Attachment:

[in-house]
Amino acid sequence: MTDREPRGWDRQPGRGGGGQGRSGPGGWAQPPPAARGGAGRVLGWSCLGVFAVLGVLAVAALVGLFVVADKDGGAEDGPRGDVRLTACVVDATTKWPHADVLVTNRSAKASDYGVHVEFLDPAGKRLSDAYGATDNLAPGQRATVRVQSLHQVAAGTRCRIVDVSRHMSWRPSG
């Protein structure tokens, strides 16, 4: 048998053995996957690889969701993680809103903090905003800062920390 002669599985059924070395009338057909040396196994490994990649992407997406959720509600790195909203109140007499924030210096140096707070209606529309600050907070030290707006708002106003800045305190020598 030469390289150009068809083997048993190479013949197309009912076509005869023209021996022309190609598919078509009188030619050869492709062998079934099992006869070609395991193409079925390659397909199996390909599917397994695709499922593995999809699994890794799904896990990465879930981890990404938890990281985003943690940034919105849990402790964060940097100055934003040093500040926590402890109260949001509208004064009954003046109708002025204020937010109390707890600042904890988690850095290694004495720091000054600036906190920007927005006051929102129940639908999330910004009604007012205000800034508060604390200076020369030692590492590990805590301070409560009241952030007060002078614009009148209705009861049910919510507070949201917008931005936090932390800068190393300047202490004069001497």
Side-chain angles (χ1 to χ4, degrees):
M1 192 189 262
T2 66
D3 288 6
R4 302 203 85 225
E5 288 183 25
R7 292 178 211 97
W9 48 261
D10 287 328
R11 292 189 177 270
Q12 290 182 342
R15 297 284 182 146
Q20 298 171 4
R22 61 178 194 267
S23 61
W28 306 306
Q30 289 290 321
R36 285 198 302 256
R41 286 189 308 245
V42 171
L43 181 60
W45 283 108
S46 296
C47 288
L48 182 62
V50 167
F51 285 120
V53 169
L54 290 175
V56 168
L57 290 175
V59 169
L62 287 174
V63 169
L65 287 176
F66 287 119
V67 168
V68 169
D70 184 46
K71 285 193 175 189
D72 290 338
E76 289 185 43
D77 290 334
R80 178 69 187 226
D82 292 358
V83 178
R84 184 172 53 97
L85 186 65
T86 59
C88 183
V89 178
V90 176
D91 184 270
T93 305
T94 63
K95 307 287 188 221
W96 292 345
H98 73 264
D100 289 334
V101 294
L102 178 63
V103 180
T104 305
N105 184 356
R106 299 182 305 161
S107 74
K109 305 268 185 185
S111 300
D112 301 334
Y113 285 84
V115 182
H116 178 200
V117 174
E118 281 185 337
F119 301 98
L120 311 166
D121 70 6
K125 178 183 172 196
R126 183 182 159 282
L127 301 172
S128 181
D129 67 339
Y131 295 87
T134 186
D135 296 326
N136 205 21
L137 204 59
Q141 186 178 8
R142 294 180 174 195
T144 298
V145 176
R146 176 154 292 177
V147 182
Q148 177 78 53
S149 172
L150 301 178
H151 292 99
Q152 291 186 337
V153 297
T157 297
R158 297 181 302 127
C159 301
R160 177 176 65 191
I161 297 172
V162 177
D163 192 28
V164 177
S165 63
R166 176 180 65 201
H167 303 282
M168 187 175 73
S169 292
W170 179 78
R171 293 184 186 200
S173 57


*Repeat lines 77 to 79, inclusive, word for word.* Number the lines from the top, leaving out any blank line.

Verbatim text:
E118 281 185 337
F119 301 98
L120 311 166